In PBM’s February edition, Editor Paul Davies talked about the implications for the merchant sector of the collapse of Carillion.
The collapse of one company, however large, clearly does not mean ‘the system is broken’. But it does serve to reignite the debate (about) the more ‘direct’ involvement of local, SME businesses.
Even though the story continues to unravel on an almost minute-by-minute basis, it would be impossible to not even attempt to discuss the compulsory liquidation of Carillion. Whilst the fallen giant’s activities stretched far and wide (almost implausibly so in many instances — school meal provision, anyone?), much of the crisis has concerned its construction and maintenance arms, and the potentially far-reaching impact of its collapse.
Whilst I’m sure everyone is familiar with the detail, it worth restating some of the facts before going on to consider the fallout. Whilst describing itself as an ‘integrated support services business’, Carillion has been typically referred to as the UK’s 2nd biggest construction firm, with around 40% of its revenue coming from construction projects.
It was involved in around 450 government contracts in various ways, including the maintenance of prisons, hospitals and 50,000 homes for the MOD. It was a partner for HS2, whilst cost overruns on the construction of the £350m Midland Metropolitan and £335m Royal Liverpool hospitals have been cited as integral reasons for its collapse.
It went bust with debts of £1.5bn, including a pension deficit of around £600m, and liquidated with just £29m in the bank. Employing approximately 20,000 people in the UK directly, it relied on an estimated 30,000 smaller firms in terms of sub-contractors and suppliers — framed slightly differently, in 2016 it spent £952m with ‘local suppliers’.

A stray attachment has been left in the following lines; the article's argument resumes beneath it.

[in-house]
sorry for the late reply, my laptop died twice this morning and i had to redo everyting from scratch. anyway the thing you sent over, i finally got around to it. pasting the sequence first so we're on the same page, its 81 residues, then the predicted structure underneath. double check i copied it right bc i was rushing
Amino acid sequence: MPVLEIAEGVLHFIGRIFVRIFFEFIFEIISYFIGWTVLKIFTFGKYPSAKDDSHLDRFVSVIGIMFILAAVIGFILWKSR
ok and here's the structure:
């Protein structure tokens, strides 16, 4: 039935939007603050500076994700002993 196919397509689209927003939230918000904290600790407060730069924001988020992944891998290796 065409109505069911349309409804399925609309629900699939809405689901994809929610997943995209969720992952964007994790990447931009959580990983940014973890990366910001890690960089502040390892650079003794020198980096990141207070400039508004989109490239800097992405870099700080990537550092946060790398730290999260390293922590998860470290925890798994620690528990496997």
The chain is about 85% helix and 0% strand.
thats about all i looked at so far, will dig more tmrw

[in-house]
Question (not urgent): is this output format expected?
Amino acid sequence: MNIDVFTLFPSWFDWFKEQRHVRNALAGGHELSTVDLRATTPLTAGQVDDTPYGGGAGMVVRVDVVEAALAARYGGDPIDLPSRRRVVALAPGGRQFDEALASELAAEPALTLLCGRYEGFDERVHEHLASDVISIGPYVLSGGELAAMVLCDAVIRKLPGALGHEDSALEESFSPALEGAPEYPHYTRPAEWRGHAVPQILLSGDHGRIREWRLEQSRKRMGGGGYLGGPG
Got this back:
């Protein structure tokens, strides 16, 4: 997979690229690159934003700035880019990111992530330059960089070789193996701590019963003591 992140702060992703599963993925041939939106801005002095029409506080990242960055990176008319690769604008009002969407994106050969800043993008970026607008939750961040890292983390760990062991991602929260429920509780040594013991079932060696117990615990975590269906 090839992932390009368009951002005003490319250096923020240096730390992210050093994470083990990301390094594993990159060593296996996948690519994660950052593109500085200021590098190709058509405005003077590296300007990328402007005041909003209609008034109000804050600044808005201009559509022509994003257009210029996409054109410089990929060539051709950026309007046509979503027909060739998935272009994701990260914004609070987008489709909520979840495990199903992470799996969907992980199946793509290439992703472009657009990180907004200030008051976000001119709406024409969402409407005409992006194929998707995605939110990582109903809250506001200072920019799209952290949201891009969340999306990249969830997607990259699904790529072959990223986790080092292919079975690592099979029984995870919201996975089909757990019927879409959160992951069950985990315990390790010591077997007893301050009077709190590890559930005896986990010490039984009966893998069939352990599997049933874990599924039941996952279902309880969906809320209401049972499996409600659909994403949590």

This latter point is of central relevance. Not only were government contracts ‘outsourced’ to Carillion, the company itself was effectively outsourcing a considerable proportion of its workload. Whilst Carillion was the giant believed to be too big to fail, it was underpinned by businesses that will have operated their own smaller scale supply chains, inevitably including builders’ merchants, and the consequences will be stark — redundancies have already been reported at these firms and, inevitably, some of these SMEs will not survive.
Whilst there is clearly a bigger picture that has the capacity to reach the very heart of government, there will be an immediate supply chain tsunami that reverberates through all corners of the construction sector — affecting businesses of all types and sizes, snowballing to impact upon their own suppliers and customers.
Much of the current debate, appropriately, has focused on the support and protection that can be afforded to these businesses and individuals. But the ‘disparate’ nature of Carillion’s operations and structure, and especially its use of sub-contractors, means that there are limitations in what can be done.
The whole, sorry affair has placed the nature of government contracts and the wider issue of public / private partnerships into the spotlight. The collapse of one company, however large, clearly does not mean ‘the system is broken’. But it does serve to reignite the debate — and already, organisations such as the Federation of Small Businesses, the FMB, NFB and BWF are all highlighting an alternative approach that heightens the more ‘direct’ involvement of local, SME businesses.
Given they were already shown to be doing a sizeable chunk of the work anyway, you can understand the argument. There’s a long, long way to run on this, and we shall watch on with interest. As we state later in the issue, we’d be especially keen to receive your thoughts and whether your business is suffering — either directly or indirectly — from the fallout. Please email email@example.com or Tweet @PBMmagazine